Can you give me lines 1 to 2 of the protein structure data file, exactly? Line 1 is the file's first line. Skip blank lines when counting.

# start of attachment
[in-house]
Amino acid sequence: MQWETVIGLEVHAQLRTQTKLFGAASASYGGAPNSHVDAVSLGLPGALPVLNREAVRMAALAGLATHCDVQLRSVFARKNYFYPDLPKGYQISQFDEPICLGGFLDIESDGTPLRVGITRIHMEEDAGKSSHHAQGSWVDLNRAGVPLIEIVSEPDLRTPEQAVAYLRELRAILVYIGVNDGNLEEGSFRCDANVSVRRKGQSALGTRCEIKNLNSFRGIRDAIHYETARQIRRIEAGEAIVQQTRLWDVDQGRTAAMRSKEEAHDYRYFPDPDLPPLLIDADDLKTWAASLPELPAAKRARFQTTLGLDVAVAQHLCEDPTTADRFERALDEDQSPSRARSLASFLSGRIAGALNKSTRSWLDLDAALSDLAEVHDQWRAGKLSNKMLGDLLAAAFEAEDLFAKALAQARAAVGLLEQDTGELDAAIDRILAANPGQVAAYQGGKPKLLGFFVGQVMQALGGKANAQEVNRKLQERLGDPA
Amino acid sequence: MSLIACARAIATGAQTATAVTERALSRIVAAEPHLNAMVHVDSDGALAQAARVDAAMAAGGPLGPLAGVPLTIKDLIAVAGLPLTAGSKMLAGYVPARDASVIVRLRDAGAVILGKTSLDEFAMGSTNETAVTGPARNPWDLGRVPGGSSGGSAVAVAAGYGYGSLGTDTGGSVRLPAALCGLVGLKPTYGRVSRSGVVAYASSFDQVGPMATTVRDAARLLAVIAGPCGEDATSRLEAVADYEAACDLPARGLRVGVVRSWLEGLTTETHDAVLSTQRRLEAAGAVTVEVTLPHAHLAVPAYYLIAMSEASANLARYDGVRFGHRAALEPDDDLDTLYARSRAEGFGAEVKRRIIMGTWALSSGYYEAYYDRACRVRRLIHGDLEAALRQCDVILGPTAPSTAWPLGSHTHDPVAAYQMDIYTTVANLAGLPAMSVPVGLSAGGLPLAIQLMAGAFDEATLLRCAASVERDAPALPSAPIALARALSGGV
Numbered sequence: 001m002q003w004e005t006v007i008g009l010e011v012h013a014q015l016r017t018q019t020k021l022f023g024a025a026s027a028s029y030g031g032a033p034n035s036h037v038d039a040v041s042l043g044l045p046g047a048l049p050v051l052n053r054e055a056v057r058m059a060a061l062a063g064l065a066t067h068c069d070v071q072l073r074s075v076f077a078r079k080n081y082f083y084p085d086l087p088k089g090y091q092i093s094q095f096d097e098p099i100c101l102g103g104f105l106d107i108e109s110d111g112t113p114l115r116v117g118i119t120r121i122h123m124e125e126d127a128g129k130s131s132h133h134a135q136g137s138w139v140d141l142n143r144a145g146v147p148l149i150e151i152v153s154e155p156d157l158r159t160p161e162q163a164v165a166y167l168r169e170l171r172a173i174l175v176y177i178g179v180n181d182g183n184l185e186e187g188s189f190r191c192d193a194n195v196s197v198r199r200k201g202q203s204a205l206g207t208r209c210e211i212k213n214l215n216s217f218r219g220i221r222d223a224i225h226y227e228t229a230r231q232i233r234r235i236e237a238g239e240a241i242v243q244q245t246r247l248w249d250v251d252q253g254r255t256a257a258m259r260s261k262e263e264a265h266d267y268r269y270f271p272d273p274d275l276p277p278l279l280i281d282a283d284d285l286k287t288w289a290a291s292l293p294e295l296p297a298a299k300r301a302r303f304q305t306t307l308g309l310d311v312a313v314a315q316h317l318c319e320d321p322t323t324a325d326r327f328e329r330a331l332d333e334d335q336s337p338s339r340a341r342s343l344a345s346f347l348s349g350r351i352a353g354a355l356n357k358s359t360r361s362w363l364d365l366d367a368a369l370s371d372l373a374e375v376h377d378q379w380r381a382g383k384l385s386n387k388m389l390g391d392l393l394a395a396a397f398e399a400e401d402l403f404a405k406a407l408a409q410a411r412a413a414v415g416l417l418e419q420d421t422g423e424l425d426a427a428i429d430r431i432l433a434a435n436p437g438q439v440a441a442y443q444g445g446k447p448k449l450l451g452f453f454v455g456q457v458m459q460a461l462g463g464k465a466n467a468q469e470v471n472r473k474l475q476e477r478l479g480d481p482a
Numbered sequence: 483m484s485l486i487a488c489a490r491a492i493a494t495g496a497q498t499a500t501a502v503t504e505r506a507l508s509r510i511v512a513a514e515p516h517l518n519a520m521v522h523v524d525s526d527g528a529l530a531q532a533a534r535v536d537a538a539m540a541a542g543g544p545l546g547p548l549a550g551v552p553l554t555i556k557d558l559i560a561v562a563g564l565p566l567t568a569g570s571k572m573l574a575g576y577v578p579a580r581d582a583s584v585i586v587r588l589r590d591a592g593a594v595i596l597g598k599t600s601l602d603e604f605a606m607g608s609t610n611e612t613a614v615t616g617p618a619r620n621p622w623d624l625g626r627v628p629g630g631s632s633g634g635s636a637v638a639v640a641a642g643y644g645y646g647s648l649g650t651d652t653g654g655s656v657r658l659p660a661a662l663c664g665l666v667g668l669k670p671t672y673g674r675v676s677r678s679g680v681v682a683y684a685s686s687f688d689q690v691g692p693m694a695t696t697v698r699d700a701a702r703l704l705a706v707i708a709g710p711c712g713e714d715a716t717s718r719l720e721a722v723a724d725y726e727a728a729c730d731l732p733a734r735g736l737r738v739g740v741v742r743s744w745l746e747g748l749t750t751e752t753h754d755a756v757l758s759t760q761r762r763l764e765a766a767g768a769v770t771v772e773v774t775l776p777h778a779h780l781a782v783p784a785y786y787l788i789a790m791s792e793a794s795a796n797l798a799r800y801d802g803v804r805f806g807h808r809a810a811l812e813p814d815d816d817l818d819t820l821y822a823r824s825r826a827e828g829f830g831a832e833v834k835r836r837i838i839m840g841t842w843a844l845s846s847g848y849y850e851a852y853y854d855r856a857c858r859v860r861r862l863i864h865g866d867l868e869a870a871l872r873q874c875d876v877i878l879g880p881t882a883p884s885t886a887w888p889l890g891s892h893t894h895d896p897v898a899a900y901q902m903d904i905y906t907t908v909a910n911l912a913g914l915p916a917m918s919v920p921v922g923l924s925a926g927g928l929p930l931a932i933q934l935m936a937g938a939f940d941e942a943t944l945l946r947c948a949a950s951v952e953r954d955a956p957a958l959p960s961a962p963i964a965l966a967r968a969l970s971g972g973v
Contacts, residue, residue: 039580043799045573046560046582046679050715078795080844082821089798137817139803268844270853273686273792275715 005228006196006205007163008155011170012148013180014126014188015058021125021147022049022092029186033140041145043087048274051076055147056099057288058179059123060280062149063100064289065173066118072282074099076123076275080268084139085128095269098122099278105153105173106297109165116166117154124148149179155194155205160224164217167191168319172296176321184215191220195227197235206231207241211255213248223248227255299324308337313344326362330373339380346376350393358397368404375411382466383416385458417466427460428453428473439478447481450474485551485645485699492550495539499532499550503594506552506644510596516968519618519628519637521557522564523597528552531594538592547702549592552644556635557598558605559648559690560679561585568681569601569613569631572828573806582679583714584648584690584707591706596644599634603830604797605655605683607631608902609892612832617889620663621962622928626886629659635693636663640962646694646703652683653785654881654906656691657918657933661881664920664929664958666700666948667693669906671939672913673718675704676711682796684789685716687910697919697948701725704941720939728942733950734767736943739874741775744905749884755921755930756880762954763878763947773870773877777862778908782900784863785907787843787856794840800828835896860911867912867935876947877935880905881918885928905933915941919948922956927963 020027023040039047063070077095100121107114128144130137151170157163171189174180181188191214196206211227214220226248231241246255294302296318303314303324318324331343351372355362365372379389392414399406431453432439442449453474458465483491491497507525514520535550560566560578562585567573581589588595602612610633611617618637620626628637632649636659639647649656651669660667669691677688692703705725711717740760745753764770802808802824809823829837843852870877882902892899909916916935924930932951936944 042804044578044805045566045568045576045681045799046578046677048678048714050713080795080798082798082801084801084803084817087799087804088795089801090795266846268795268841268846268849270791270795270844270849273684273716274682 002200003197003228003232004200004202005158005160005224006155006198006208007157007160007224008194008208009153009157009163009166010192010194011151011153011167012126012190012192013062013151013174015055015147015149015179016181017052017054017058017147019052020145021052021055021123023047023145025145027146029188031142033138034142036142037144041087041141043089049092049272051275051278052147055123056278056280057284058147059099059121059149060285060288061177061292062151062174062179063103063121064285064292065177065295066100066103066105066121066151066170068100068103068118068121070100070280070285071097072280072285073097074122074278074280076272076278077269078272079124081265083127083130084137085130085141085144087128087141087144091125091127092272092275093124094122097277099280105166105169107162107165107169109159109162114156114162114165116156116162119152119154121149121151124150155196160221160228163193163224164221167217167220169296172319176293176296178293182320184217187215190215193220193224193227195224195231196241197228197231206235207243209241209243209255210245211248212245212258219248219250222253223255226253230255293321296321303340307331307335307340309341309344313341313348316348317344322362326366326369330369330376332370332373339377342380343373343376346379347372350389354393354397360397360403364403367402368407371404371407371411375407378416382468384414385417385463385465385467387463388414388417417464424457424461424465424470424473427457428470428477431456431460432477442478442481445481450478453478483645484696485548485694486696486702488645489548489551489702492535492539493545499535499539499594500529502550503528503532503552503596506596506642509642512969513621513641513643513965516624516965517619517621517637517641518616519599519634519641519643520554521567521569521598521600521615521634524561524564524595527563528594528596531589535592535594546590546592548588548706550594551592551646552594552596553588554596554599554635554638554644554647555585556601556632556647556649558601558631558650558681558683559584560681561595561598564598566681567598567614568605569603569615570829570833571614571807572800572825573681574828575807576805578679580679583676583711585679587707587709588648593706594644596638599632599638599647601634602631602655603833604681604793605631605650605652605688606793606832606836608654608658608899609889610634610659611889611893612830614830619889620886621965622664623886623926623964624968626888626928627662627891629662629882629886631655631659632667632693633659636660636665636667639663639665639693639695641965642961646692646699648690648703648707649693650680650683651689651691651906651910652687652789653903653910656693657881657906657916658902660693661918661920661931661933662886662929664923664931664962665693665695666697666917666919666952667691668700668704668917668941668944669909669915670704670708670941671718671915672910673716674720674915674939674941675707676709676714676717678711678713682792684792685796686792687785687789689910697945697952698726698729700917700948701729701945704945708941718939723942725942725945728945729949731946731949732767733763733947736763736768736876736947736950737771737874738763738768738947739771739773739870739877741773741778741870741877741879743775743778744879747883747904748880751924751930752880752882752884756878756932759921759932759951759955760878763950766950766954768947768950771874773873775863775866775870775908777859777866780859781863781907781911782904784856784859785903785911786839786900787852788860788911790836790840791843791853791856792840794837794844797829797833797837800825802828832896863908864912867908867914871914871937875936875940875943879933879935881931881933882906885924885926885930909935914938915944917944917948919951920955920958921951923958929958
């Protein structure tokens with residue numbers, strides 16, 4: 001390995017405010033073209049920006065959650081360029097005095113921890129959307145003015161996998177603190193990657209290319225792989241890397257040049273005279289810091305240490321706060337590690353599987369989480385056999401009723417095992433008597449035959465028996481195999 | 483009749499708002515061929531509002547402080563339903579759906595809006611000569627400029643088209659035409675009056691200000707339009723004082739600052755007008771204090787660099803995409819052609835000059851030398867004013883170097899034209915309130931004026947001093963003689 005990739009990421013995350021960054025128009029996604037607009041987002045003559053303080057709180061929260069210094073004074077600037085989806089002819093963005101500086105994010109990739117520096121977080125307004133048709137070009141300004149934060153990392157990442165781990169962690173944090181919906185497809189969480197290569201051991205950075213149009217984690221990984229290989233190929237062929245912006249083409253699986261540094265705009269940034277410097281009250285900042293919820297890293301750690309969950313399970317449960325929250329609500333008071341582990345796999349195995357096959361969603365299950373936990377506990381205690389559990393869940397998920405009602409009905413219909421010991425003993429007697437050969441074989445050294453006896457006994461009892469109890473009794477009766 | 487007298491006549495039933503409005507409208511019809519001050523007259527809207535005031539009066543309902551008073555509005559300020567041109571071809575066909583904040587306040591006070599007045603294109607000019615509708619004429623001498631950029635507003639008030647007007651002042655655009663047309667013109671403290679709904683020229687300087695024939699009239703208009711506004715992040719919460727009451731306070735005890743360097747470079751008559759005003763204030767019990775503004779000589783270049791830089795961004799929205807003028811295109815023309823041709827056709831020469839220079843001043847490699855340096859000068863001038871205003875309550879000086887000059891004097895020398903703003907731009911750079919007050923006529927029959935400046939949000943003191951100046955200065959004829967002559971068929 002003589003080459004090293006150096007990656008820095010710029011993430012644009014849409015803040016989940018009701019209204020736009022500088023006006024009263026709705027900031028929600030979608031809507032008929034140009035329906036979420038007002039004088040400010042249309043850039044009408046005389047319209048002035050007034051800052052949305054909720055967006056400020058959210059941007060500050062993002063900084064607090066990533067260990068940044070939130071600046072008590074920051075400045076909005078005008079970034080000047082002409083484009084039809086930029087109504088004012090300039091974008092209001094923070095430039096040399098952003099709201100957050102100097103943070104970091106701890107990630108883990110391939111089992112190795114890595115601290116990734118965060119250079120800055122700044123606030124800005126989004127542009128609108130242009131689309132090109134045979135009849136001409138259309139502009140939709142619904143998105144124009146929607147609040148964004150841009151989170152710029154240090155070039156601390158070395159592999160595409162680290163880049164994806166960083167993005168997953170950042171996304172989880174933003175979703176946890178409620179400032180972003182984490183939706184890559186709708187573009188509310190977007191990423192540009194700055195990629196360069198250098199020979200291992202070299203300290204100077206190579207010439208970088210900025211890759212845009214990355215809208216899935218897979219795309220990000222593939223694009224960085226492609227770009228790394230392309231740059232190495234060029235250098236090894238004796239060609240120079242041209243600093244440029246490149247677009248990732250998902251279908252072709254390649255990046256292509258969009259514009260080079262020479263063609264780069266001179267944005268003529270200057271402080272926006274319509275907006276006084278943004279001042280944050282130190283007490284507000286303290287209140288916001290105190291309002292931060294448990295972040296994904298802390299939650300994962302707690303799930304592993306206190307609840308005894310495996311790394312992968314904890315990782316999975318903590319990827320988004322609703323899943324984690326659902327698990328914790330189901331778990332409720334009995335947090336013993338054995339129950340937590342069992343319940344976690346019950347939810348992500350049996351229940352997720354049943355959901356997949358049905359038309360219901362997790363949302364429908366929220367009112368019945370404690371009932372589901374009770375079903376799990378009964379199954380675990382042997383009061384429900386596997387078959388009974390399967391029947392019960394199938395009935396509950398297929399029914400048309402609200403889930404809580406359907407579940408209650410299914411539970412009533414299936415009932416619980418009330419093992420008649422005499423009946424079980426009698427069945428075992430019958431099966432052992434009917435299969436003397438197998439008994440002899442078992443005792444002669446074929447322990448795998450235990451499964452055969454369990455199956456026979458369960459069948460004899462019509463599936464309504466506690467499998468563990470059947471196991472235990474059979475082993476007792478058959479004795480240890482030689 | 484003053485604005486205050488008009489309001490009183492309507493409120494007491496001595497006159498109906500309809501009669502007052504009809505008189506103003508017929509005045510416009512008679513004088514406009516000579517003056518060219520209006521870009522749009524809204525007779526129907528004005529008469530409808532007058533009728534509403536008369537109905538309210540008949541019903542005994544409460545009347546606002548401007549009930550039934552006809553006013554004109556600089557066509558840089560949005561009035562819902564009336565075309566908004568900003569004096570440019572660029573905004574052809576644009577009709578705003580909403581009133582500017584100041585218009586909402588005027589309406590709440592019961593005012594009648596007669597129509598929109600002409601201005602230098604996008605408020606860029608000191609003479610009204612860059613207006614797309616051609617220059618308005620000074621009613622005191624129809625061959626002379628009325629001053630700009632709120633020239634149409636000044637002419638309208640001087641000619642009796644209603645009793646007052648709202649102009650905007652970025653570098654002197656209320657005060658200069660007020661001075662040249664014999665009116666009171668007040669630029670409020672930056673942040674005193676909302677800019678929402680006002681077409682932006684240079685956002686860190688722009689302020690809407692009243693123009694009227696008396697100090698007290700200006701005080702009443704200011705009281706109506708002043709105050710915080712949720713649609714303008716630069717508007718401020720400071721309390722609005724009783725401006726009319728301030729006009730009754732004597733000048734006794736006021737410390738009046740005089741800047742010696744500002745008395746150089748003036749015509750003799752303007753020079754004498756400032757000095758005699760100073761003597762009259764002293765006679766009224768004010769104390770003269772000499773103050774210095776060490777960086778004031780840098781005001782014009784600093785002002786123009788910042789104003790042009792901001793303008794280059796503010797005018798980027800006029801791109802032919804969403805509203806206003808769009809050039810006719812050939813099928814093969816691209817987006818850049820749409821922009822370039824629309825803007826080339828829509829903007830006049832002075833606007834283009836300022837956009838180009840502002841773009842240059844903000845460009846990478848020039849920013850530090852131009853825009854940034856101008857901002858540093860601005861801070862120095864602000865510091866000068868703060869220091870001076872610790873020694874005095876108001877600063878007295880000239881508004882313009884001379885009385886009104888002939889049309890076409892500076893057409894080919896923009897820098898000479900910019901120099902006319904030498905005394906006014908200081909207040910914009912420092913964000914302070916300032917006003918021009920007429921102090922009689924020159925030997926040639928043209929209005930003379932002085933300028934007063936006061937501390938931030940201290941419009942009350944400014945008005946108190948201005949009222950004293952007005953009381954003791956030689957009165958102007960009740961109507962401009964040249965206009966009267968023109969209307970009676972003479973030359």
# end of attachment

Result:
[in-house]
Amino acid sequence: MQWETVIGLEVHAQLRTQTKLFGAASASYGGAPNSHVDAVSLGLPGALPVLNREAVRMAALAGLATHCDVQLRSVFARKNYFYPDLPKGYQISQFDEPICLGGFLDIESDGTPLRVGITRIHMEEDAGKSSHHAQGSWVDLNRAGVPLIEIVSEPDLRTPEQAVAYLRELRAILVYIGVNDGNLEEGSFRCDANVSVRRKGQSALGTRCEIKNLNSFRGIRDAIHYETARQIRRIEAGEAIVQQTRLWDVDQGRTAAMRSKEEAHDYRYFPDPDLPPLLIDADDLKTWAASLPELPAAKRARFQTTLGLDVAVAQHLCEDPTTADRFERALDEDQSPSRARSLASFLSGRIAGALNKSTRSWLDLDAALSDLAEVHDQWRAGKLSNKMLGDLLAAAFEAEDLFAKALAQARAAVGLLEQDTGELDAAIDRILAANPGQVAAYQGGKPKLLGFFVGQVMQALGGKANAQEVNRKLQERLGDPA